Pratt likewise argues that Old Testament figures were polygamists, and that Christ and the Father were likewise. This section is preceded by several paragraphs in which Pratt argues that the parables of Christ being "married" to the Church, and that references to him as the "bridegroom" ought to be seen literally. Most modern members—like, doubtless, much of Pratt's nineteenth century audience—would find this line of argument strained and unpersuasive.

Some elements of Pratt's publication were disavowed by the First Presidency of the day (see: here). While The Seer contains much of value, and may well reflect how many nineteenth-century saints saw these matters, it cannot be considered an authoritative exposition of LDS doctrine. Pratt's speculations and arguments are certainly not binding on Church members.

The Church does not take an official position on this issue

This is one of many issues about which the Church has no official position. As President J. Reuben Clark taught under assignment from the First Presidency:

Here we must have in mind—must know—that only the President of the Church, the Presiding High Priest, is sustained as Prophet, Seer, and Revelator for the Church, and he alone has the right to receive revelations for the Church, either new or amendatory, or to give authoritative interpretations of scriptures that shall be binding on the Church....
When any man, except the President of the Church, undertakes to proclaim one unsettled doctrine, as among two or more doctrines in dispute, as the settled doctrine of the Church, we may know that he is not "moved upon by the Holy Ghost," unless he is acting under the direction and by the authority of the President.
Of these things we may have a confident assurance without chance for doubt or quibbling.[5]

Harold B. Lee was emphatic that only one person can speak for the Church:

All over the Church you're being asked this: "What does the Church think about this or that?" Have you ever heard anybody ask that question? "What does the Church think about the civil rights legislation?" "What do they think about the war?" "What do they think about drinking Coca-Cola or Sanka coffee?" Did you ever hear that? "What do they think about the Democratic Party or ticket or the Republican ticket?" Did you ever hear that? "How should we vote in this forthcoming election?" Now, with most all of those questions, if you answer them, you're going to be in trouble. Most all of them. Now, it's the smart man that will say, "There's only one man in this church that speaks for the Church, and I'm not that one man."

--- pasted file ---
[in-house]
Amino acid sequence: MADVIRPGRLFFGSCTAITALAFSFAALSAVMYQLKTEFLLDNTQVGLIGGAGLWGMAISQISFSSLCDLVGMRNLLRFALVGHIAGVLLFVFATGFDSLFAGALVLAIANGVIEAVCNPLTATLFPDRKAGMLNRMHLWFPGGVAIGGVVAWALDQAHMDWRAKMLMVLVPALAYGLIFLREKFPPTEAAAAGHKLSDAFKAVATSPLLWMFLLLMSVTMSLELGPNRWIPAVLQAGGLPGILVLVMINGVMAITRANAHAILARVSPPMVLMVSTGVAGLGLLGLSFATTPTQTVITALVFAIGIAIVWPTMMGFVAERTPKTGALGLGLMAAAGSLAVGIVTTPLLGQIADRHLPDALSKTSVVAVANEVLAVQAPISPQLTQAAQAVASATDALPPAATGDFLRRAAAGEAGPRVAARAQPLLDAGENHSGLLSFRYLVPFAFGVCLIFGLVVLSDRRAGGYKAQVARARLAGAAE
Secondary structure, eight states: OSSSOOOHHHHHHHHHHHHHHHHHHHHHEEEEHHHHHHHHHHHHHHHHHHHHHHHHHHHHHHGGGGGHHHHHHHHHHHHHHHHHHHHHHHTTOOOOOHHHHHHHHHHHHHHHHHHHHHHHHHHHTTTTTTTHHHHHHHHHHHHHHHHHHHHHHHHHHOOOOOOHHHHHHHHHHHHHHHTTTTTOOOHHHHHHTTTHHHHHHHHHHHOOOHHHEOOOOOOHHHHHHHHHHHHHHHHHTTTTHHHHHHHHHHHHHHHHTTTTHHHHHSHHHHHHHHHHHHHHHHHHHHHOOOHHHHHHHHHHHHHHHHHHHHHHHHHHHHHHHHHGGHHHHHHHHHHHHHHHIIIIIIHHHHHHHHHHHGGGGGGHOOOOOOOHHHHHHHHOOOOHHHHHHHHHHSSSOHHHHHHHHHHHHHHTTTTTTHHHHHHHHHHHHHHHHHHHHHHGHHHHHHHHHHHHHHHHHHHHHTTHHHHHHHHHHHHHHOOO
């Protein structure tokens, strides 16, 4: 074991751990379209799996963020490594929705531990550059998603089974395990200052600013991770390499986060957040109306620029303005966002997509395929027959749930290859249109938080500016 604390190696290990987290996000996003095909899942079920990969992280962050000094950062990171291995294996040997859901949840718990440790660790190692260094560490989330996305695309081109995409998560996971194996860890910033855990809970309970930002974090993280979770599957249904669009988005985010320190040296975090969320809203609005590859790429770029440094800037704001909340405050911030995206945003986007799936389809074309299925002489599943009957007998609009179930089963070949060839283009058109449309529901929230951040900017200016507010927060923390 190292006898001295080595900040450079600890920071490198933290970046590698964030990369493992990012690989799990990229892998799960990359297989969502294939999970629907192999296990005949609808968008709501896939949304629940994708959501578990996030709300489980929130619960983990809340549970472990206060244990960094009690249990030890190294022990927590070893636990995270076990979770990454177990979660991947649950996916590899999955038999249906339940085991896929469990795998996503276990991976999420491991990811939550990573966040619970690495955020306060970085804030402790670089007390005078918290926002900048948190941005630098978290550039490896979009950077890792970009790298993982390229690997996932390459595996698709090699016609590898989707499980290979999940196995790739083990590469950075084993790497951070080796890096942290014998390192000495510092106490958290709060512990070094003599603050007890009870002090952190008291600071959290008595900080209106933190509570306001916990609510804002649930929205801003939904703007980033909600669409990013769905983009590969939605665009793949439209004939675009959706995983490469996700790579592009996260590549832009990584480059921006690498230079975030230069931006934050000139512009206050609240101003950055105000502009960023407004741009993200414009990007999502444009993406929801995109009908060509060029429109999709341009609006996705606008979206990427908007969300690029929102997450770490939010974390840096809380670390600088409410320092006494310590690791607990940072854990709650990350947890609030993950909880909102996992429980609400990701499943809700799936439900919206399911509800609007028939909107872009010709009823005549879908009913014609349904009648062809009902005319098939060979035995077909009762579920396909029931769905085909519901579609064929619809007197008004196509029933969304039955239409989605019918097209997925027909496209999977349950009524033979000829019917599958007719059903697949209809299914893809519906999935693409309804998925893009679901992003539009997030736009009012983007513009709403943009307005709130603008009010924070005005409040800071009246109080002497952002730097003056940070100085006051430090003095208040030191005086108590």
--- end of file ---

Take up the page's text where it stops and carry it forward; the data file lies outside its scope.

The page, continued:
I think nothing could get you into deep water quicker than to answer people on these things, when they say, "What does the Church think?" and you want to be smart, so you try to answer what the Church's policy is. Well, you're not the one to make the policies for the Church. You just remember what the Apostle Paul wrote to the Corinthians. He said, "For I determined not to know any thing among you, save Jesus Christ, and him crucified" (1 Corinthians 2:2). Well now, as teachers of our youth, you're not supposed to know anything except Jesus Christ and Him crucified. On that subject you're expected to be an expert. You're expected to know your subject. You're expected to have a testimony. And in that you'll have great strength. If the President of the Church has not declared the position of the Church, then you shouldn't go shopping for the answer.[6]

This was recently reiterated by the First Presidency (who now approves all statements published on the Church's official website):

Not every statement made by a Church leader, past or present, necessarily constitutes doctrine. A single statement made by a single leader on a single occasion often represents a personal, though well-considered, opinion, but is not meant to be officially binding for the whole Church. With divine inspiration, the First Presidency...and the Quorum of the Twelve Apostles...counsel together to establish doctrine that is consistently proclaimed in official Church publications. This doctrine resides in the four “standard works” of scripture (the Holy Bible, the Book of Mormon, the Doctrine and Covenants and the Pearl of Great Price), official declarations and proclamations, and the Articles of Faith. Isolated statements are often taken out of context, leaving their original meaning distorted.[7]

In response to a letter "received at the office of the First Presidency of the Church of Jesus Christ of Latter-day Saints" in 1912, Charles W. Penrose of the First Presidency wrote:

Question 14: Do you believe that the President of the Church, when speaking to the Church in his official capacity is infallible?
Answer: We do not believe in the infallibility of man. When God reveals anything it is truth, and truth is infallible. No President of the Church has claimed infallibility.[8]

Notes

  1. Charles W. Penrose, "Peculiar Questions Briefly Answered," Improvement Era 15 no. 11 (September 1912).
  2. Jedediah M. Grant, "UNIFORMITY," (7 August 1853) Journal of Discourses 1:346.
  3. Orson Hyde, "The Judgements of God on the United States--The Saints and the World," (18 March 1855) Journal of Discourses 2:210.
  4. Orson Pratt, "Celestial Marriage," The Seer 1/11 (November 1853): 172.
  5. J. Reuben Clark, Jr., "Church Leaders and the Scriptures," [original title "When Are the Writings or Sermons of Church Leaders Entitled to the Claim of Scripture?"] Immortality and Eternal Life: Reflections from the Writings and Messages of President J. Reuben Clark, Jr., Vol, 2, (1969-70): 221; address to Seminary and Institute Teachers, BYU (7 July 1954); reproduced in Church News (31 July 1954); also reprinted in Dialogue 12/2 (Summer 1979): 68–81.
  6. Harold B. Lee, Teachings of Harold B. Lee (Salt Lake City, Utah: Bookcraft, 1996), 445. GospeLink (requires subscrip.)
  7. LDS Newsroom, "Approaching Mormon Doctrine," lds.org (4 May 2007)
  8. Charles W. Penrose, "Peculiar Questions Briefly Answered," Improvement Era 15 no. 11 (September 1912).